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A Rising Tide of Problems

Rescuers airlift a Boy Scout troop stranded north of Ojai, and firefighters save a motorist at Hart Park in Orange.

March 16, 2003|From a Times Staff Writer

The rain that pounded Southern California on Saturday touched off scores of traffic accidents, collapsed part of a roof at a skating rink and stranded a Boy Scout troop.

Up to 3 inches of rain fell in the coastal and valley areas, while the foothills and mountains received as much as 5 inches, according to the National Weather Service.

By nightfall, the storm had brought the season's rainfall total to 13 inches in Los Angeles, just above the normal mark. Nine Moorpark Boy Scouts and two troop assistants on an outing were trapped at 6 a.m. when the rain raised the level of Sespe Creek, north of Ojai, more than 3 feet.

"The kids were excited, but some of them were very nervous," said John Barlow, an assistant for Moorpark Troop No. 706. "I mean we were expecting some rain, but when I got down to the river, the banks had overflowed."

A scoutmaster used rope to cross the creek and telephone for help. A Ventura County Sheriff's Department helicopter landed on a sandbar and carried the boys, mostly 12- and 13-year-olds, and the assistants to safety.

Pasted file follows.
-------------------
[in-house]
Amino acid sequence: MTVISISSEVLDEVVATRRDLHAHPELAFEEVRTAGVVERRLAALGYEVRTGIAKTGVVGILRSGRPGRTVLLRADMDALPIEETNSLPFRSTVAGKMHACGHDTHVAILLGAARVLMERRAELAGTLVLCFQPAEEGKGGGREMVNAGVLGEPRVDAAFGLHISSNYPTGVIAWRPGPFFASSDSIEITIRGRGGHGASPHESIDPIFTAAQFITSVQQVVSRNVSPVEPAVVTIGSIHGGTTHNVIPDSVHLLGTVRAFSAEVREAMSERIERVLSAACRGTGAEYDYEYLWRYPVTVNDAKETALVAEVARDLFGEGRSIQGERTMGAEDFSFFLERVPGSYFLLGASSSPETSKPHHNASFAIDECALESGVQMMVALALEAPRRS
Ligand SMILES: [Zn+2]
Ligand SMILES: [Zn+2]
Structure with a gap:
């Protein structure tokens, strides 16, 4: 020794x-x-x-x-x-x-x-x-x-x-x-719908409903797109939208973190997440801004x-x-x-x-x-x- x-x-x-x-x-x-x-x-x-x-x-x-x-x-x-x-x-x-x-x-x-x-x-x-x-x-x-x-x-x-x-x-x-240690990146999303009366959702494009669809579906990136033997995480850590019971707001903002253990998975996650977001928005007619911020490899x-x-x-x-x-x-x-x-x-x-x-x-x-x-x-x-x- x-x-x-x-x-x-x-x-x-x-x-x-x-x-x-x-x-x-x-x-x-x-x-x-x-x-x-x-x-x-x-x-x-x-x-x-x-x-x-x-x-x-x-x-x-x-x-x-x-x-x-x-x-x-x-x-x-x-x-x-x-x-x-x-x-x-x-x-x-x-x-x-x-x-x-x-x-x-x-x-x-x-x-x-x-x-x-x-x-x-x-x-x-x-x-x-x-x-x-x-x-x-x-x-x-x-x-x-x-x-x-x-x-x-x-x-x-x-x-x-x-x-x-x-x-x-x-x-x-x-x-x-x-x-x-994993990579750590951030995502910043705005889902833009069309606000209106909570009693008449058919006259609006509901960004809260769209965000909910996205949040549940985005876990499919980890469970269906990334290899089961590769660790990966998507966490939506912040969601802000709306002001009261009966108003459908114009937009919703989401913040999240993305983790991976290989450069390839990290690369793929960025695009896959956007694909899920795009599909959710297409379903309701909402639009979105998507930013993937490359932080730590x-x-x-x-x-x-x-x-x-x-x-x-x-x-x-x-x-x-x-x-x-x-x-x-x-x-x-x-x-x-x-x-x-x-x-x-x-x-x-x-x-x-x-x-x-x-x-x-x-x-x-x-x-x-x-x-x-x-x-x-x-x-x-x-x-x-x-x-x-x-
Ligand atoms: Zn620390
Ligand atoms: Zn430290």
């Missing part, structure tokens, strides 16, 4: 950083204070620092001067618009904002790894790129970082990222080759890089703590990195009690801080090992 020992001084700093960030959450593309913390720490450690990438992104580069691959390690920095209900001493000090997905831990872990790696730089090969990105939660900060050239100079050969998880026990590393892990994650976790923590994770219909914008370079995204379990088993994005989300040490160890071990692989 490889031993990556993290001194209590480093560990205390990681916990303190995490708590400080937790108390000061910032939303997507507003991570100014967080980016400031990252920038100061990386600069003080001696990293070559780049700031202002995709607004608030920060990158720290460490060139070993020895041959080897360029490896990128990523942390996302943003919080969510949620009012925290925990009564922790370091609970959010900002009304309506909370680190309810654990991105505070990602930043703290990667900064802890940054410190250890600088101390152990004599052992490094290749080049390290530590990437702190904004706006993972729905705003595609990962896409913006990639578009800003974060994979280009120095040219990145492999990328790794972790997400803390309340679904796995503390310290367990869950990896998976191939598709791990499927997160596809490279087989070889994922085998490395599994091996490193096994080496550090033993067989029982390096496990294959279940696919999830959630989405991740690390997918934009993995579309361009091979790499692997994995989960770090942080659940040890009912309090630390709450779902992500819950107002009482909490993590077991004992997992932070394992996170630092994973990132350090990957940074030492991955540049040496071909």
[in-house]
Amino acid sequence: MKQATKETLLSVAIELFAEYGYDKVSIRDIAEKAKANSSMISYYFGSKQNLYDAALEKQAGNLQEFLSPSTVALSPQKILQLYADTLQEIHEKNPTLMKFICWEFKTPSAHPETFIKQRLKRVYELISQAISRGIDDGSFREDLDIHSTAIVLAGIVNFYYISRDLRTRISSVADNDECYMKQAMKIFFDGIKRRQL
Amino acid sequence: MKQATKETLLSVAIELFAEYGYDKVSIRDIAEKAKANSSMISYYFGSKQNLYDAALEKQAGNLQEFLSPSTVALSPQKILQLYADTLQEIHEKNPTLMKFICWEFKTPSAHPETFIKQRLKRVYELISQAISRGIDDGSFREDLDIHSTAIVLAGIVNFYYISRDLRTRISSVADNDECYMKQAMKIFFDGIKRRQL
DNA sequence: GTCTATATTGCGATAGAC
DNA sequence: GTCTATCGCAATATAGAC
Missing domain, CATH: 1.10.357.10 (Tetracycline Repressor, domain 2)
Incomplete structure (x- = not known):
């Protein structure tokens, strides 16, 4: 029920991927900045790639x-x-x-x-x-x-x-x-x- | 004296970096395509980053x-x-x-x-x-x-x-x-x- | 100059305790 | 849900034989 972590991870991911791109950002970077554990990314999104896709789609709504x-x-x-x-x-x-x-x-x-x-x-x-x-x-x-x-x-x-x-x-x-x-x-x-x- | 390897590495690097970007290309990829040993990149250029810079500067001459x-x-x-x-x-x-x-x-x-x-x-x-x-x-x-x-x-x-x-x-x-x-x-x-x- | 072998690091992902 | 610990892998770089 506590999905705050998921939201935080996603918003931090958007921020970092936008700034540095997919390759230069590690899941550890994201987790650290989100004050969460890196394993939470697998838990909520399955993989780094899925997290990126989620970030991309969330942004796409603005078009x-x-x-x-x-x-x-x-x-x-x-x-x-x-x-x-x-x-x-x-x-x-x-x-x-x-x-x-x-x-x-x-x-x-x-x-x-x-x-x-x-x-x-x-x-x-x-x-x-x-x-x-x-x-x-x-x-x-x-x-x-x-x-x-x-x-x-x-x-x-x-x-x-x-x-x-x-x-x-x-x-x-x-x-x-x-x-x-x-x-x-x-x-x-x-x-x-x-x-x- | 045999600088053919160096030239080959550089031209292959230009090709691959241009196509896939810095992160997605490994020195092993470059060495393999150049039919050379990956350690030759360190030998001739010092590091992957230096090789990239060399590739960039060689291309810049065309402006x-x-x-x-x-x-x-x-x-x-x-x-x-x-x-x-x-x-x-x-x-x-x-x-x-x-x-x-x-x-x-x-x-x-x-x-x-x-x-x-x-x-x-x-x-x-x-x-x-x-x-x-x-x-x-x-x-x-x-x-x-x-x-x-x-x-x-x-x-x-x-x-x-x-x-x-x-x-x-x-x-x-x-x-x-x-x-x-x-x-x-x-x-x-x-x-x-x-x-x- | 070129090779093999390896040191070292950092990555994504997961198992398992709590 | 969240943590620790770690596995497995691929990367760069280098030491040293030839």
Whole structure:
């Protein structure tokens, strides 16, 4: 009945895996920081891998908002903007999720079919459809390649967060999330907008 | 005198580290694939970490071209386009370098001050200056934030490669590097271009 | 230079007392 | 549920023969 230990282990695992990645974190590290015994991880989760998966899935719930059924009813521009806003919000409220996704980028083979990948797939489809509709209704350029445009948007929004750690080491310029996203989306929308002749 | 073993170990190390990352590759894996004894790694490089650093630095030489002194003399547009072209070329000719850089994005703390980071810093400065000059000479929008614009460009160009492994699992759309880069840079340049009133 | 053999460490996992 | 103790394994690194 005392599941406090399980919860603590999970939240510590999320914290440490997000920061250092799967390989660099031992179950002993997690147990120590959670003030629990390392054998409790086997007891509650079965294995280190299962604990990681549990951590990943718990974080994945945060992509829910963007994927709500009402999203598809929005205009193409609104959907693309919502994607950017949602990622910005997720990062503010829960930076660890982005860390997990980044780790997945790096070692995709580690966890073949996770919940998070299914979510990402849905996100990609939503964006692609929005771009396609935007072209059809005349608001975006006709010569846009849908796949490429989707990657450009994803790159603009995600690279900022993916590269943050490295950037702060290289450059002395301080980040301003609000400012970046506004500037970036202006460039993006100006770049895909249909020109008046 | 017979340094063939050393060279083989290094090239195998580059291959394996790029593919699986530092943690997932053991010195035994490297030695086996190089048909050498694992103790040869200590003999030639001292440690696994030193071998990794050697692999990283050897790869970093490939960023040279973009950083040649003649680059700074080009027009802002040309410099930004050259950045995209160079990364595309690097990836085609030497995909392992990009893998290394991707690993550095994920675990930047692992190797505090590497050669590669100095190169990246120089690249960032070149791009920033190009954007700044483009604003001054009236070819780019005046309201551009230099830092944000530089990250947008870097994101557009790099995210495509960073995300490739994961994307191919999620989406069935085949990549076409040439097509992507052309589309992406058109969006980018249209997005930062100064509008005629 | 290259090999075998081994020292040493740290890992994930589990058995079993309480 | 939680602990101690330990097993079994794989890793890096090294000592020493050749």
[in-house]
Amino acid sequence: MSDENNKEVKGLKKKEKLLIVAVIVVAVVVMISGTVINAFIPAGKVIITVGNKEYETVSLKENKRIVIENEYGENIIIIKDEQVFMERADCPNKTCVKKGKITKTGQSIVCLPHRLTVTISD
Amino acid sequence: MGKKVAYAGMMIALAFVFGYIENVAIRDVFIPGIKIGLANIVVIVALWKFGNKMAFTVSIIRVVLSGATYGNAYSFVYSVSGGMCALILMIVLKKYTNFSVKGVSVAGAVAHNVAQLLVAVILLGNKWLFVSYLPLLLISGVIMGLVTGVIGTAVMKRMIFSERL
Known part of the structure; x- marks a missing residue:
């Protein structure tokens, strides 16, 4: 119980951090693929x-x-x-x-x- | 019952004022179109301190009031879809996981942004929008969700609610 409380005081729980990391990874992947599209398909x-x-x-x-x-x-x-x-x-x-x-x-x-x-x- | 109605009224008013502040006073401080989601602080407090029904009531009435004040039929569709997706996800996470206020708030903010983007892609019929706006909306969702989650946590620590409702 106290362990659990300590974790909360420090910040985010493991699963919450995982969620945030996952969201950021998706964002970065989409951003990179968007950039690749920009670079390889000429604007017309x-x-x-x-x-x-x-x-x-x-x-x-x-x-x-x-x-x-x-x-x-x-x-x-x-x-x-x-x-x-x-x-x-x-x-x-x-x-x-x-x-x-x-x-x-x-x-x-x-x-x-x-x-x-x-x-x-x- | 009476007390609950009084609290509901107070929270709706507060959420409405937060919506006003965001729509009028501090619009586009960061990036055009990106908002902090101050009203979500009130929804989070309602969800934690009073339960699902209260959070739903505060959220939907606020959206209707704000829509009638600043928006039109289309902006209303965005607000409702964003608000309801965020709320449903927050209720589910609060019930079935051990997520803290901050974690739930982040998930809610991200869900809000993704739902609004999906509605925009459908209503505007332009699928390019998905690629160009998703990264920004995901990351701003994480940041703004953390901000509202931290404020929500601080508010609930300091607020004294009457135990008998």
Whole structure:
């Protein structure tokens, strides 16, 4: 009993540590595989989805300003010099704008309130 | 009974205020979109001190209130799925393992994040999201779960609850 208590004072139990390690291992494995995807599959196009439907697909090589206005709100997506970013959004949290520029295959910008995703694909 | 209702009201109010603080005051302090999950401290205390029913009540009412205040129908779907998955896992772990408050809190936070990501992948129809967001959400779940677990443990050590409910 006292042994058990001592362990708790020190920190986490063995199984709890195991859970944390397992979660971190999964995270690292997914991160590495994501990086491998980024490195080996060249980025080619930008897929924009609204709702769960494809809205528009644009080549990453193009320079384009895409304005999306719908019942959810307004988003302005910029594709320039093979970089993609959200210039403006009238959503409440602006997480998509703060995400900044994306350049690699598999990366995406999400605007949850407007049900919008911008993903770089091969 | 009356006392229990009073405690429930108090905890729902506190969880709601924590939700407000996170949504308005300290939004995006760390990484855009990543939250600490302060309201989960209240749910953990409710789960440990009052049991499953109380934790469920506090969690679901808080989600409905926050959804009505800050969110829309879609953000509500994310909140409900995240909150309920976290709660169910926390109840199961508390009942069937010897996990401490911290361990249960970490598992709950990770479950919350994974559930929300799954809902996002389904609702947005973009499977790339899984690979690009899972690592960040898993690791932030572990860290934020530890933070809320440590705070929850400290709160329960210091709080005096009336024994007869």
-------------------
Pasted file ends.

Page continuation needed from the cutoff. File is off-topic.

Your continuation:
At the Oxnard Ice Skating Center, more than 300 people were evacuated about 10:30 a.m. when a section of roof collapsed, sending 2,000 gallons of rainwater into an empty dressing room and nearby lobby. No injuries were reported.

"I was just about to start teaching a lesson when I heard a rumble and then a torrent of water came rushing out," said rink co-owner Mike Paikin.

Orange County police reported heavy rain that caused drainage problems at many intersections as well as myriad traffic woes.

"We had reports of lots of traffic accidents because there's been a lot of rain, but nothing out of the ordinary," said Orange County Sheriff's Lt. David Wilson.

A motorist found trapped after driving into Santiago Creek at Hart Park in Orange was rescued from his car roof by firefighters, an Orange Fire Department spokesman said.

Isacc Mendoza of Anaheim had "apparently ignored" barricades, said Orange Fire Capt. Ian McDonald. The creek bed, which is covered with cement, provides a place for parking on dry days. Saturday's storm resulted in runoff that rose above the wheel well of Mendoza's car, McDonald said. The victim was tossed a line and escorted to safety.

Throughout Los Angeles County, the California Highway Patrol received more than 1,600 calls about collisions, more than three times the number last Saturday. Two died in Saturday's crashes.

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